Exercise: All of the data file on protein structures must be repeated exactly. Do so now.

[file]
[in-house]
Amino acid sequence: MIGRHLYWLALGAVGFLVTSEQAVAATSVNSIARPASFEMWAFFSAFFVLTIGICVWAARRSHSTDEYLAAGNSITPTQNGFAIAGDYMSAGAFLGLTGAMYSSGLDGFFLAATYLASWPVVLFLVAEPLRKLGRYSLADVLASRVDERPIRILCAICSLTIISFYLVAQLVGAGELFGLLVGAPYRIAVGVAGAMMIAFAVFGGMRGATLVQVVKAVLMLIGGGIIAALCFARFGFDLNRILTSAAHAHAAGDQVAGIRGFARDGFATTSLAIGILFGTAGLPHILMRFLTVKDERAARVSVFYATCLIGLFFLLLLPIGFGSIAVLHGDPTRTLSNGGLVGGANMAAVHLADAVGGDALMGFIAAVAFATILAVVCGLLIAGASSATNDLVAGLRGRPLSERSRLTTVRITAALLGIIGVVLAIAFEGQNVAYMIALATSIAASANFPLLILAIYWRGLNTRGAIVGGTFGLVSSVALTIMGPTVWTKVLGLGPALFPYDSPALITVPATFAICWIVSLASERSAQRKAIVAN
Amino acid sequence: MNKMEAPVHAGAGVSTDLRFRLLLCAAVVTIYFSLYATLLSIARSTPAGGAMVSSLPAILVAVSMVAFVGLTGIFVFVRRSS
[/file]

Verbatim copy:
[in-house]
Amino acid sequence: MIGRHLYWLALGAVGFLVTSEQAVAATSVNSIARPASFEMWAFFSAFFVLTIGICVWAARRSHSTDEYLAAGNSITPTQNGFAIAGDYMSAGAFLGLTGAMYSSGLDGFFLAATYLASWPVVLFLVAEPLRKLGRYSLADVLASRVDERPIRILCAICSLTIISFYLVAQLVGAGELFGLLVGAPYRIAVGVAGAMMIAFAVFGGMRGATLVQVVKAVLMLIGGGIIAALCFARFGFDLNRILTSAAHAHAAGDQVAGIRGFARDGFATTSLAIGILFGTAGLPHILMRFLTVKDERAARVSVFYATCLIGLFFLLLLPIGFGSIAVLHGDPTRTLSNGGLVGGANMAAVHLADAVGGDALMGFIAAVAFATILAVVCGLLIAGASSATNDLVAGLRGRPLSERSRLTTVRITAALLGIIGVVLAIAFEGQNVAYMIALATSIAASANFPLLILAIYWRGLNTRGAIVGGTFGLVSSVALTIMGPTVWTKVLGLGPALFPYDSPALITVPATFAICWIVSLASERSAQRKAIVAN
Amino acid sequence: MNKMEAPVHAGAGVSTDLRFRLLLCAAVVTIYFSLYATLLSIARSTPAGGAMVSSLPAILVAVSMVAFVGLTGIFVFVRRSS